Lessons in Lego


Kingston Grammar School Deputy Head, Mr Will Cooper, discusses the benefits of playing with Lego.

With The Lego Movie 2 just released on the big screen, I’m reminded of that classic parent-child exchange from the original blockbuster:

The Man Upstairs: You know the rules, this isn’t a toy!

Finn: Um… it kind of is.

The Man Upstairs: No, actually it’s a highly sophisticated inter-locking brick system.

With a growing number of Lego sets seemingly targeted at AFOLs (Adult Fans of Lego) in recent years, it’s easy to find yourself agreeing with ‘The Man Upstairs’. The sophistication and ingenuity of design is surely wasted on children as a mere play thing! At the same time, it is so much more than an ‘inter-locking brick system’; it is, in fact, a philosophy of education. Allow me to explain.

Stage 1: For most people, the very first experience of Lego is invariably with a simple construction kit. We carefully and unwaveringly follow the instructions, simultaneously beginning to understand first principles as the model takes on both shape and strength as each piece interlocks with the next.

In the same way, our broader educational experience begins with neatly colouring inside the lines before moving on to learn and replicate the ‘rules’ of multiplying fractions, conjugating verbs or balancing chemical equations. Following established principles in this way provides essential foundations for all our future learning. Yet it is only the start of our learning journey.

Stage 2: The Lego builder takes their model kit, admires their achievement for a moment but then wonders, “What if …?” Then comes more weapons, bigger wheels, more moving parts or even the addition of a motor. The KIT builder has evolved into a MODer: they have taken the underlying principles outlined in the instructions, but have then gone on to modify and even improve upon them. So too must students be given the opportunity to try and solve problems in a slightly different way; to innovate and not to replicate.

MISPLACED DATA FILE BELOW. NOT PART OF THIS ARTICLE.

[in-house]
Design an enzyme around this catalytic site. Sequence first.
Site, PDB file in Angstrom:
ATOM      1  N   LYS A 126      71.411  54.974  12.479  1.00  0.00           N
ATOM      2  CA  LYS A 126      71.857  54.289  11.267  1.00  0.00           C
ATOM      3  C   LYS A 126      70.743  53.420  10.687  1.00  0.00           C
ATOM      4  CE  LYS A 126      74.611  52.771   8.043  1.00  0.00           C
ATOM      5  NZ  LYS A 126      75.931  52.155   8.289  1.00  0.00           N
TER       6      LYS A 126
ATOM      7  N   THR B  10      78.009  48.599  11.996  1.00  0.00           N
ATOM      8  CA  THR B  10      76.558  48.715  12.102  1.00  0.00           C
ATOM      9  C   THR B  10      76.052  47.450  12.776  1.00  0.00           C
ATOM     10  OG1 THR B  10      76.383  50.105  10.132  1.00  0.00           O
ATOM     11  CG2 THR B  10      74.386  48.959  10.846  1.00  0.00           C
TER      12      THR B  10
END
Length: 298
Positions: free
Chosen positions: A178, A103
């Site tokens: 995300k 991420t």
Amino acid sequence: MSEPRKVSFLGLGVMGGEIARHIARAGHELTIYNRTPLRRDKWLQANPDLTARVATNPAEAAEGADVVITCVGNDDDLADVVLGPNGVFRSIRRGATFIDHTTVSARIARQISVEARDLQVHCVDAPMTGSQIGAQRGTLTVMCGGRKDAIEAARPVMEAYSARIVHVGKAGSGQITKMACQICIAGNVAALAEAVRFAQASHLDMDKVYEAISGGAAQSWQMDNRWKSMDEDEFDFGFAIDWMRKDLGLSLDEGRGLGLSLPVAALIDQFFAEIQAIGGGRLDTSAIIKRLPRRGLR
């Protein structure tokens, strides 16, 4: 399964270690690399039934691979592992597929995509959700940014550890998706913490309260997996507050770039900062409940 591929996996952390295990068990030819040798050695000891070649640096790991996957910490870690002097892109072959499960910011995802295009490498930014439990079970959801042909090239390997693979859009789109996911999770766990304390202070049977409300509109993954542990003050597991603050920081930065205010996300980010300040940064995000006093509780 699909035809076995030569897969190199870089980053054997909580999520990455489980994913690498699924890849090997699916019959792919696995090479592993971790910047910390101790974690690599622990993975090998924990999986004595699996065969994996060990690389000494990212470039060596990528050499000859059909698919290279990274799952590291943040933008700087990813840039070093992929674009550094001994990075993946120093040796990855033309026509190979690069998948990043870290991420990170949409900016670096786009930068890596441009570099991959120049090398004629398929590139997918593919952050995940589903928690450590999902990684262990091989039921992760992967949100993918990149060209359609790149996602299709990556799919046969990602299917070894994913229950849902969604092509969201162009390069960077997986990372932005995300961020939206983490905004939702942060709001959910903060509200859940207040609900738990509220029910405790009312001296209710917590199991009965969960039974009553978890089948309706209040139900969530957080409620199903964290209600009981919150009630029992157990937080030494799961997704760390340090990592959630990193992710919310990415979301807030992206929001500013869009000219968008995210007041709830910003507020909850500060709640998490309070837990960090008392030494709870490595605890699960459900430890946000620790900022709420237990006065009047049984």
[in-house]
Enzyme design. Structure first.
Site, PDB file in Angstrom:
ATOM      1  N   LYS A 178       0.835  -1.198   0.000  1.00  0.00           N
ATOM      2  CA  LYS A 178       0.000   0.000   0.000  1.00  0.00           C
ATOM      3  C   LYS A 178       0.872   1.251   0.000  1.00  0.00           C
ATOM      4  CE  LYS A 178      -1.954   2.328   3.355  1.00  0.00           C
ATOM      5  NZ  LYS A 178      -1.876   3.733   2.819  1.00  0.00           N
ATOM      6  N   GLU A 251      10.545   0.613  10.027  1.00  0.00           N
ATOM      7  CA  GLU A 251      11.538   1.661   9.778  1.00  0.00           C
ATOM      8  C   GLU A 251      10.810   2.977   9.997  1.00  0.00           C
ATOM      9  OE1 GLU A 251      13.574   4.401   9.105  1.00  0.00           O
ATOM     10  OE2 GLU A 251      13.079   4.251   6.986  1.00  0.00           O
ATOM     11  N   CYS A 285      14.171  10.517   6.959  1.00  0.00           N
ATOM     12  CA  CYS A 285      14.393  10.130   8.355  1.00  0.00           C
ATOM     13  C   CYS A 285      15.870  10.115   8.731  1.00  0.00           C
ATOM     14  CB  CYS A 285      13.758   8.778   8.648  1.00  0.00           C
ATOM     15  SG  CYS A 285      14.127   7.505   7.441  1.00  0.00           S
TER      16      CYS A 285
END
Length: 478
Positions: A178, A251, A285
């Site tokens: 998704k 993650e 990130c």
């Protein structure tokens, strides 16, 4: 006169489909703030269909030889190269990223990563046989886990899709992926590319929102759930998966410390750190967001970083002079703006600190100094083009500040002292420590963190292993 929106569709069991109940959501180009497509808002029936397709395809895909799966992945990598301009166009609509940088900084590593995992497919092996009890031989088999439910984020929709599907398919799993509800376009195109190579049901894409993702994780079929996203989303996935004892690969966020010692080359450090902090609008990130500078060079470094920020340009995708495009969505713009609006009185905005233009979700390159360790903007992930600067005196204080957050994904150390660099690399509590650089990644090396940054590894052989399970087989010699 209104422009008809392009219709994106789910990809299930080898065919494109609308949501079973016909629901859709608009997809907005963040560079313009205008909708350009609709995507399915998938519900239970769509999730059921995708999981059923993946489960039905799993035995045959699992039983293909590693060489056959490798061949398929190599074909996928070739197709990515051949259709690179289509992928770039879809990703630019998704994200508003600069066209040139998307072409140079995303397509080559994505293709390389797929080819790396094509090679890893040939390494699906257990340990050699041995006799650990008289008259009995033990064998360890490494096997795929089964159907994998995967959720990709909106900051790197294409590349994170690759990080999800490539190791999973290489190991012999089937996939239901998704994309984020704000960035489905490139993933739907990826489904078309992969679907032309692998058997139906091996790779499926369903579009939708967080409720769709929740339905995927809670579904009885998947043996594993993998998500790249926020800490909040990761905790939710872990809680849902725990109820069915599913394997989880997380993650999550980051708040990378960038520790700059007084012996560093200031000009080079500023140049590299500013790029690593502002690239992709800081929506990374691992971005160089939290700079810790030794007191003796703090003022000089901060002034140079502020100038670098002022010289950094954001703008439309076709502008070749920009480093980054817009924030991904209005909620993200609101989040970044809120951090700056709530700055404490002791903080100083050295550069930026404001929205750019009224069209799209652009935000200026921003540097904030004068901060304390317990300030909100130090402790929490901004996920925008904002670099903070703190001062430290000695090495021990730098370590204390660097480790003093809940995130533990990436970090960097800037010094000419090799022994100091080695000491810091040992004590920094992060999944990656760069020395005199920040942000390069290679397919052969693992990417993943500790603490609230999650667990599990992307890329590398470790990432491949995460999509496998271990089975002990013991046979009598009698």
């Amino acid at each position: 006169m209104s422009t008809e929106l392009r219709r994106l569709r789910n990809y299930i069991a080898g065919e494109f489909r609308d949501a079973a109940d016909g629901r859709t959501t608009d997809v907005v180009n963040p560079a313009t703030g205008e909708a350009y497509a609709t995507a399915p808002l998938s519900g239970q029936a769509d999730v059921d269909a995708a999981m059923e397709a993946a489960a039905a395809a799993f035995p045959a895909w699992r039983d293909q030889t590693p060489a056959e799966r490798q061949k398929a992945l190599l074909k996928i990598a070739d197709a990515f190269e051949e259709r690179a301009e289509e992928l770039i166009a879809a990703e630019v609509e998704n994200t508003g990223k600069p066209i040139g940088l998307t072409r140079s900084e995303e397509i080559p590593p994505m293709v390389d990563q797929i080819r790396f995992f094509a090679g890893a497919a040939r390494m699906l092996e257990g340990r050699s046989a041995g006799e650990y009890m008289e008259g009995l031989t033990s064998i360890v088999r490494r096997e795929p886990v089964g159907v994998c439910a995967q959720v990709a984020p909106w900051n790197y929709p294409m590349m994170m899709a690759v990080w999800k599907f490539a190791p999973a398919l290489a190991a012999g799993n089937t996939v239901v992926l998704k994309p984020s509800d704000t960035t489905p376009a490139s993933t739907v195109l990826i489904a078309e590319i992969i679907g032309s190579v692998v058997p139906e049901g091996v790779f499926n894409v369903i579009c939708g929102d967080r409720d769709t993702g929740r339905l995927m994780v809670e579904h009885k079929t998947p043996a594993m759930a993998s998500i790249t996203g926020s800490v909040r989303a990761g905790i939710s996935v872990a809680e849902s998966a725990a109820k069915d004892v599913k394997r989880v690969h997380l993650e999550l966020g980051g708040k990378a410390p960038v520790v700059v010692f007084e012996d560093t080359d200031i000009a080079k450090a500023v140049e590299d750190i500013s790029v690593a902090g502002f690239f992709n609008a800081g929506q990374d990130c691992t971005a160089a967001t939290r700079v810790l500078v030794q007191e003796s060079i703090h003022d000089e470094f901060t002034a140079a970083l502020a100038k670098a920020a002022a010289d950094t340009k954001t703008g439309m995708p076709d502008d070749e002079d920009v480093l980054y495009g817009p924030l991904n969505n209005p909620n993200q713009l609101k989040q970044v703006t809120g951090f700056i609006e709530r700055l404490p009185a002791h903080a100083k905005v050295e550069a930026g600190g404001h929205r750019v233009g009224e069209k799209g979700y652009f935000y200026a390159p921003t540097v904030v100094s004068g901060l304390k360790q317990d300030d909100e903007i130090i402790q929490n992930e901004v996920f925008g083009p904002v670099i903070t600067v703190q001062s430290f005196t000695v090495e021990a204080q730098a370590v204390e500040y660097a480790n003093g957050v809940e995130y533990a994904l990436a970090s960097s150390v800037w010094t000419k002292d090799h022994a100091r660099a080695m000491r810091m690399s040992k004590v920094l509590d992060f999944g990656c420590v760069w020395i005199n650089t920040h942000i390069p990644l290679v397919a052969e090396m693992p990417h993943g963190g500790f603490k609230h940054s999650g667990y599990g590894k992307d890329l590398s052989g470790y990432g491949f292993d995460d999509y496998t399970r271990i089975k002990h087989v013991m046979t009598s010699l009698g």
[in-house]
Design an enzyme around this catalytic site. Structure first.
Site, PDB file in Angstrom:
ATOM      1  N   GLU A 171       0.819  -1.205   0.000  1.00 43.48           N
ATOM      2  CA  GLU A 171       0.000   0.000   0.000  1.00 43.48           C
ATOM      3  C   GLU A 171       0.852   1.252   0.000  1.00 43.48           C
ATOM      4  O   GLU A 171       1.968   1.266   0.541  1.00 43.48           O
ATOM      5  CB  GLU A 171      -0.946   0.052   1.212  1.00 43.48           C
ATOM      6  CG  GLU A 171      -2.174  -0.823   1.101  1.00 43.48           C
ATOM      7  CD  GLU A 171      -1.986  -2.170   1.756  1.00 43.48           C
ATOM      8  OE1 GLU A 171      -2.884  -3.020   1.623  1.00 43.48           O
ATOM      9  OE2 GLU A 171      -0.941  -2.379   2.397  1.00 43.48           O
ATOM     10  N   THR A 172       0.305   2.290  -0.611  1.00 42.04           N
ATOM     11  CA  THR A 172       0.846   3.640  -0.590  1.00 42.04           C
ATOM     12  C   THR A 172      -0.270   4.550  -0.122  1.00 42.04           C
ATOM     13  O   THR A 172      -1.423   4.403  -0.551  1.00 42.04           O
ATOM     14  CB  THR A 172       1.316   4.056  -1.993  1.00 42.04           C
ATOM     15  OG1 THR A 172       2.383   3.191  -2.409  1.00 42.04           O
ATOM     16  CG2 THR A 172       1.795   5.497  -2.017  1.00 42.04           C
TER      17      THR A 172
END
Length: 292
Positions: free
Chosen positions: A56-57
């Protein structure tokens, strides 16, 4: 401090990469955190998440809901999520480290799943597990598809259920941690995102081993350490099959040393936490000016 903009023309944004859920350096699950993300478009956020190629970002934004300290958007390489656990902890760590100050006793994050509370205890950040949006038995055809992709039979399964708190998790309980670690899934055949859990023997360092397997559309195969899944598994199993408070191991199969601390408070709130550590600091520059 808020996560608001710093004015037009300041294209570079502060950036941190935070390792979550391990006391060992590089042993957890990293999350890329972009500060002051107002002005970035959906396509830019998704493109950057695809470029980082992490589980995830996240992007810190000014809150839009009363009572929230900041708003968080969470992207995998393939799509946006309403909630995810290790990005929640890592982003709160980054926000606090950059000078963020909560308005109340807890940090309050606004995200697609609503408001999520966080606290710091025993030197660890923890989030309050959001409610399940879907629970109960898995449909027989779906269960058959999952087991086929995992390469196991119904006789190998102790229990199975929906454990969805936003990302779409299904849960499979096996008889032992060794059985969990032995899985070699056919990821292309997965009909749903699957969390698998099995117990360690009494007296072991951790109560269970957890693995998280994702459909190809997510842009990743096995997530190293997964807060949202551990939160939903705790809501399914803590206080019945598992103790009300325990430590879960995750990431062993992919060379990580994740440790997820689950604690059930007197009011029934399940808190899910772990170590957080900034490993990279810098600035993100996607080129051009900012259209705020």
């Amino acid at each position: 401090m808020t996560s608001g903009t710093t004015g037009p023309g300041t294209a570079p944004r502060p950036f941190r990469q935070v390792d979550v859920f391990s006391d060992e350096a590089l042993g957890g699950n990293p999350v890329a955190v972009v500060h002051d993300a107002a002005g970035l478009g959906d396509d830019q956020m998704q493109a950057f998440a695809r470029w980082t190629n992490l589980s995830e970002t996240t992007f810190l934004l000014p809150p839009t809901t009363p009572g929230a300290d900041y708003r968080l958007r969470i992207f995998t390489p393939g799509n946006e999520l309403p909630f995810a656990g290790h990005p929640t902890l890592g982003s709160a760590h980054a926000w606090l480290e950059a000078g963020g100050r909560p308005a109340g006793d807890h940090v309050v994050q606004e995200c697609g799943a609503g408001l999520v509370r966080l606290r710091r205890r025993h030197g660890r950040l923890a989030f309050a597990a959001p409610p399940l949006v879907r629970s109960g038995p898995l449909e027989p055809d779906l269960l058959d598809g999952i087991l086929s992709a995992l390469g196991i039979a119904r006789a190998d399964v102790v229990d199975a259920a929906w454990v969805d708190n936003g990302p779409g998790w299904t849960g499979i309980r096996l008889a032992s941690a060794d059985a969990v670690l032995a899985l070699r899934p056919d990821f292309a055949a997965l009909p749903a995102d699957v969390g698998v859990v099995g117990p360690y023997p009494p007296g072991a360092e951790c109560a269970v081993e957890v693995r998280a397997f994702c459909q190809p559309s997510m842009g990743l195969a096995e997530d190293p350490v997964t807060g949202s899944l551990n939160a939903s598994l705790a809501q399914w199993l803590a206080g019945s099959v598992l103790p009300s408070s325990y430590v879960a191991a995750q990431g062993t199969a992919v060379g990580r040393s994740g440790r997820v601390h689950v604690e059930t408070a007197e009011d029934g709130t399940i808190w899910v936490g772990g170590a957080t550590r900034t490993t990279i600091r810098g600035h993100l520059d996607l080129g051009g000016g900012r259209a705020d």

Now comes the greatest challenge of all for the Lego enthusiast; a large pile of bricks and absolutely no instructions. It is time for a MOC (My Own Creation). In the same way, all students must ultimately reach the pinnacle of Bloom’s Learning Taxonomy and construct, create, formulate or write their own original composition. From first principles to ground-breaking discoveries, Lego has it covered. Yet is this really what founder Ole Kirk Christiansen had in mind?

For him the idea was as simple as the name itself: ‘Leg Godt’ (Danish) = Play Well. At Kingston Grammar School we have been trying to stay true to that principle whilst also fulfilling the School’s motto, ‘Work Well & Be Happy’. Faced with a pile of bricks and no instructions, our Year 7 students have been given the opportunity to do nothing more than play.

The notion of ‘playing’ can, in fact, serve as an antidote to so many of the pressures and demands that young people face. Whether it’s a social and collaborative experience as in the case of our ‘Be Happy’ PSHE programme or something you choose to do on your own, ‘play’ promotes creativity, and provides relaxation and stimulation in equal measure. In an age of diminishing attention spans, it is also a rare thing to see groups of students so completely engaged for the 45 minutes or so of build time.

I know that not everyone will share my passion for the humble plastic brick, but I hope that all of our students will take another of Lego’s ideals and ‘imagine the possibilities’ in all that they encounter.